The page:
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IPT Compliance in Finland: 2021 Tax Filing Changes and the Introduction of the Suomi System

Dawn Rowlands
October 21, 2021

Insurance Premium Tax (IPT) is complex. For insurers, keeping up with changing rates, rules and regulations can be challenging especially when writing across multiple territories.

Sovos’ Guide on IPT Compliance, written by our experienced team of IPT and regulatory specialists, looks at the significance of digital transformation and helps paint a picture of a diverse tax landscape that never stops changing.

In the second blog of our series, we look at 2021’s changes to the tax filing system in Finland.

2021 changes to the tax filing system in Finland

The previous electronic identification, authorisation and tax filing system for companies, known as Katso, was retired by the Finnish Tax Administration on 31 August 2021. This will be replaced by a new system known as Suomi.

This has introduced new challenges for insurers. Here’s what you need to know about how it affects IPT compliance.

Registration and effective dates for Sumoi

Originally, the effective date for Suomi was set to be 1 January 2021. Due to the extensive volume of Suomi authorisation requests received by the tax administration it was delayed to 1 May 2021, and then further delayed to 1 September 2021.

All clients registered in Finland must be granted an authorisation for Suomi by this date or it will be impossible to file tax returns electronically.

As nil returns are expected in Finland, Suomi registrations are necessary even if insurers are not actively writing business.

Documents expected and additional challenges for insurers

Compared to many other territories, the Finnish tax administration has a strict list of documents expected for Suomi authorisation, which can pose additional challenges for insurers. These include:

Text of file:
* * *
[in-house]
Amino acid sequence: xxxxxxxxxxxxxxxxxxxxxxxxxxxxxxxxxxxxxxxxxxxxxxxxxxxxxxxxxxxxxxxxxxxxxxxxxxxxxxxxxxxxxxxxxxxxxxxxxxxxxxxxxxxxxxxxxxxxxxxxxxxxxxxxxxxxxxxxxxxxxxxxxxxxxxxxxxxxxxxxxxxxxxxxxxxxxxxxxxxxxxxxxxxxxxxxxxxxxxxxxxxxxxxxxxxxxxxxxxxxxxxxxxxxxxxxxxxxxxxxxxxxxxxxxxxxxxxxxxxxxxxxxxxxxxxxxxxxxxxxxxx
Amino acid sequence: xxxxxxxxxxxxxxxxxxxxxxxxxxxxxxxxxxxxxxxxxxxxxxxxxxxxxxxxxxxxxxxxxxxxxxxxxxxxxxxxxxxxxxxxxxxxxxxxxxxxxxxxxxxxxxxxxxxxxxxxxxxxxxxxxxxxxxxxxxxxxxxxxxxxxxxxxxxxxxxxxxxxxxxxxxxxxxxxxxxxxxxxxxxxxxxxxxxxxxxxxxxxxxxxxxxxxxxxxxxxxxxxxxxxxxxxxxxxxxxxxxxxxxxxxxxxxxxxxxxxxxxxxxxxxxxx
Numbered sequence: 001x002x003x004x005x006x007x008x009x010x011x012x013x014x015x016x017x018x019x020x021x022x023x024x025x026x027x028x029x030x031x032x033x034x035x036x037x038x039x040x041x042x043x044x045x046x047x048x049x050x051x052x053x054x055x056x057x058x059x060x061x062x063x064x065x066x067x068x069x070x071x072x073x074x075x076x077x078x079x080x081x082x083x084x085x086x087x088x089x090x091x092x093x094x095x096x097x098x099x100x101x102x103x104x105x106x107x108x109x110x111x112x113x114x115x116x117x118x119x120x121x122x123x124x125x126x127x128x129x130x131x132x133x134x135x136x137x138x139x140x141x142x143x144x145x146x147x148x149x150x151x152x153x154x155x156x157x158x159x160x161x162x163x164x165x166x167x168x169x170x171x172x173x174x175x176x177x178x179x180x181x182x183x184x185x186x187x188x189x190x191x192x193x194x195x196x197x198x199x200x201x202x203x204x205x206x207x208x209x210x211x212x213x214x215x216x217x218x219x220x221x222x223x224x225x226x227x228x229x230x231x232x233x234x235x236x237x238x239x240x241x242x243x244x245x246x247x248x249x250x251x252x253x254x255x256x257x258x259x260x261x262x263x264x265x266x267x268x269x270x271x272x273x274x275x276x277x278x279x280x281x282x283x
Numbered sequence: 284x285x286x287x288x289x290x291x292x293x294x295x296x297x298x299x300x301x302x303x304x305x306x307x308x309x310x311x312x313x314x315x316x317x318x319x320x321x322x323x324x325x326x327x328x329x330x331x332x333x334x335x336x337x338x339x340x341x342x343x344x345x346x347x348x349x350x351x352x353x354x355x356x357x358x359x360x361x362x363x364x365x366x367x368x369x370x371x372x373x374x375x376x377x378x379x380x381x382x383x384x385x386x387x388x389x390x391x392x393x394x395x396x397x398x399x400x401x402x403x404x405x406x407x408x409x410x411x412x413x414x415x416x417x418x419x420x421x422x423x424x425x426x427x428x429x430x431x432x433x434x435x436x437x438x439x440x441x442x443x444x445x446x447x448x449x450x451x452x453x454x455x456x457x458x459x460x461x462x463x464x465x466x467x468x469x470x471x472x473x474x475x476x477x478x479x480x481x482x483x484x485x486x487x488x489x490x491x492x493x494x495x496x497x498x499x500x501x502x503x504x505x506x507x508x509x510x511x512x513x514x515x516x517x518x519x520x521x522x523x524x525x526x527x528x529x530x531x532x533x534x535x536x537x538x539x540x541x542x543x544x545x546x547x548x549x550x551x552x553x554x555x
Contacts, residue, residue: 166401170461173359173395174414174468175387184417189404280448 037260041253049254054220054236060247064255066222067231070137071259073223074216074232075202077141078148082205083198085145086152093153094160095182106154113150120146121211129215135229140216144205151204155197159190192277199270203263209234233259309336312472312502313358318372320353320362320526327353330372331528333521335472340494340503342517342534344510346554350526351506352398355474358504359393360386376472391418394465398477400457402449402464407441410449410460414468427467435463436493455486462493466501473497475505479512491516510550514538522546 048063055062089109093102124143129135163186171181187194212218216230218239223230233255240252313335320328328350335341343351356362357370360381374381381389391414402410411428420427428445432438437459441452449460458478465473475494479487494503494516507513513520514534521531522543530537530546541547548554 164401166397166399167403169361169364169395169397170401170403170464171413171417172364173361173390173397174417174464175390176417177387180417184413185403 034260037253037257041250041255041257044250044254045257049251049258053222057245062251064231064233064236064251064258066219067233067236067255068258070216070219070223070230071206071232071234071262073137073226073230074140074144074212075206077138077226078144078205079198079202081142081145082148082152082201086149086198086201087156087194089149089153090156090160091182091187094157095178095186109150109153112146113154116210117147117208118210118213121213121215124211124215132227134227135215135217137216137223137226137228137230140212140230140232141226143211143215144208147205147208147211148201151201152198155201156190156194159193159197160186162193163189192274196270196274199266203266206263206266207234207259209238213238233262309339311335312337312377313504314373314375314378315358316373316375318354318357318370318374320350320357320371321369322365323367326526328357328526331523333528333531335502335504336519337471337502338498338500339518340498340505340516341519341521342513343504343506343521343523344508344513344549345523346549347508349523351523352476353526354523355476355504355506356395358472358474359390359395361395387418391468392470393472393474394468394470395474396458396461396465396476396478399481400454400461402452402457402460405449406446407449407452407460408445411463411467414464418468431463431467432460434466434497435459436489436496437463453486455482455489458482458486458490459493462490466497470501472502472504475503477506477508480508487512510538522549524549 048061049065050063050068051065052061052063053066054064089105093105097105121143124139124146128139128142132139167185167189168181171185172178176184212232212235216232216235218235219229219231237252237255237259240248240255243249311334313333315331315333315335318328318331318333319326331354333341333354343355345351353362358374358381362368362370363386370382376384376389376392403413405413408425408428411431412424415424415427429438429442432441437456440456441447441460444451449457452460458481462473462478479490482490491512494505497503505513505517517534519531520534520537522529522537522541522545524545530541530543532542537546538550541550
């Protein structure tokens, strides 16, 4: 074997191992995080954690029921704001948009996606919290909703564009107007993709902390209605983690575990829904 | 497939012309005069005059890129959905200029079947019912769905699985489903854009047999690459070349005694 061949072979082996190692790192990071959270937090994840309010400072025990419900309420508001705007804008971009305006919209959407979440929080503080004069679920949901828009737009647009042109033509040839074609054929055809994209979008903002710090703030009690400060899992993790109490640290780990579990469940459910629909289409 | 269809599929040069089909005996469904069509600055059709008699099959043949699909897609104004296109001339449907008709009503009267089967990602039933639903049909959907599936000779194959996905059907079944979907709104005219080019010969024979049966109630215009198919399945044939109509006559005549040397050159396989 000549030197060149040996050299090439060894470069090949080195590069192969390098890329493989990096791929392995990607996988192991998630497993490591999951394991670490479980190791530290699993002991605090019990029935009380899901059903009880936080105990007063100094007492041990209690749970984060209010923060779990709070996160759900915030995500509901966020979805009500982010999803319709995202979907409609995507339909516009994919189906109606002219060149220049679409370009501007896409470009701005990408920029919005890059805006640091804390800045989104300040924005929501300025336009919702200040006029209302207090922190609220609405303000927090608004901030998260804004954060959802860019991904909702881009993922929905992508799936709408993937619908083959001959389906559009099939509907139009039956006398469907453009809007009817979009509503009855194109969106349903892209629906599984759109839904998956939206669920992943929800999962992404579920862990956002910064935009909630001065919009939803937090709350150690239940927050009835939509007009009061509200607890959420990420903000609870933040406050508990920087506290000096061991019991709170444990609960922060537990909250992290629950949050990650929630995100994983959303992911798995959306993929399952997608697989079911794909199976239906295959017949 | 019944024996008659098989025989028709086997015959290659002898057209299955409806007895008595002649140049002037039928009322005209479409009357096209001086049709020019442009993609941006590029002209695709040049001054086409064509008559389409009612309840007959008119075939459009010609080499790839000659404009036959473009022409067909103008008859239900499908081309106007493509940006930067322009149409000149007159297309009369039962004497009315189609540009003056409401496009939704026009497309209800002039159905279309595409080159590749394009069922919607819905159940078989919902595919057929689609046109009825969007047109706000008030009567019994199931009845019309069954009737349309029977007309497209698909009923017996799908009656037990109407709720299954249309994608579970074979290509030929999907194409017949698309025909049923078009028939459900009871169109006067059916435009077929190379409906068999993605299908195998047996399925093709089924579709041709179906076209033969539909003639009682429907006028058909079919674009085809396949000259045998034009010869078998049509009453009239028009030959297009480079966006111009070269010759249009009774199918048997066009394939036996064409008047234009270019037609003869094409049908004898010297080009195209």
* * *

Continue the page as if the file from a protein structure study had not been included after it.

• For foreign companies without a Finnish director, power of attorney must be granted to an individual who holds a Finnish UID.
  • A mandate must be hand-signed by an authorised signatory of the company – electronic signatures aren’t recognised for clients domiciled outside of Finland.
  • Insurers must also provide recent official documentation dated no older than six months prior to submission, proving the signing rights of the individual, along with personal identification verified with a notary stamp.
  • The supporting company documentation must be verified either with an official stamp from the issuing authority, or with a notary stamp and apostille.
  • It must also be provided in one of the three accepted languages: Finnish, Swedish or English. Documents provided in other languages must have an official translation.

Further challenges with obtaining documents required for registration due to the pandemic

Official documents are not readily available due to logistical constraints in obtaining and legalising the documents in question. And recent official documentation is often unavailable as the date of the document precedes lockdown.

Wet signatures are also far more difficult to obtain with directors often not having access to printing facilities and being a great distance from the office.

This is further complicated when company policy dictates official documents must be signed by more than one individual. In-person appointments not being available with a notary make legalisation of the documents far more arduous.

Take Action

Sovos helps ease the burden of IPT compliance through a blend of regulatory knowledge and expertise, and best-in-class software built to handle compliance obligations now, and in the future.

Download our IPT Compliance Guide for help with navigating the changing regulatory landscape and deadlines successfully, across the globe.

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Author

Dawn Rowlands

Dawn Rowlands is a Compliance Services Representative in IPT Registrations. She joined Sovos early in 2020 and has a background in customer services and accounting after running a small business for over 15 years. Dawn’s focus is in registering clients for IPT and associated taxes across Europe.
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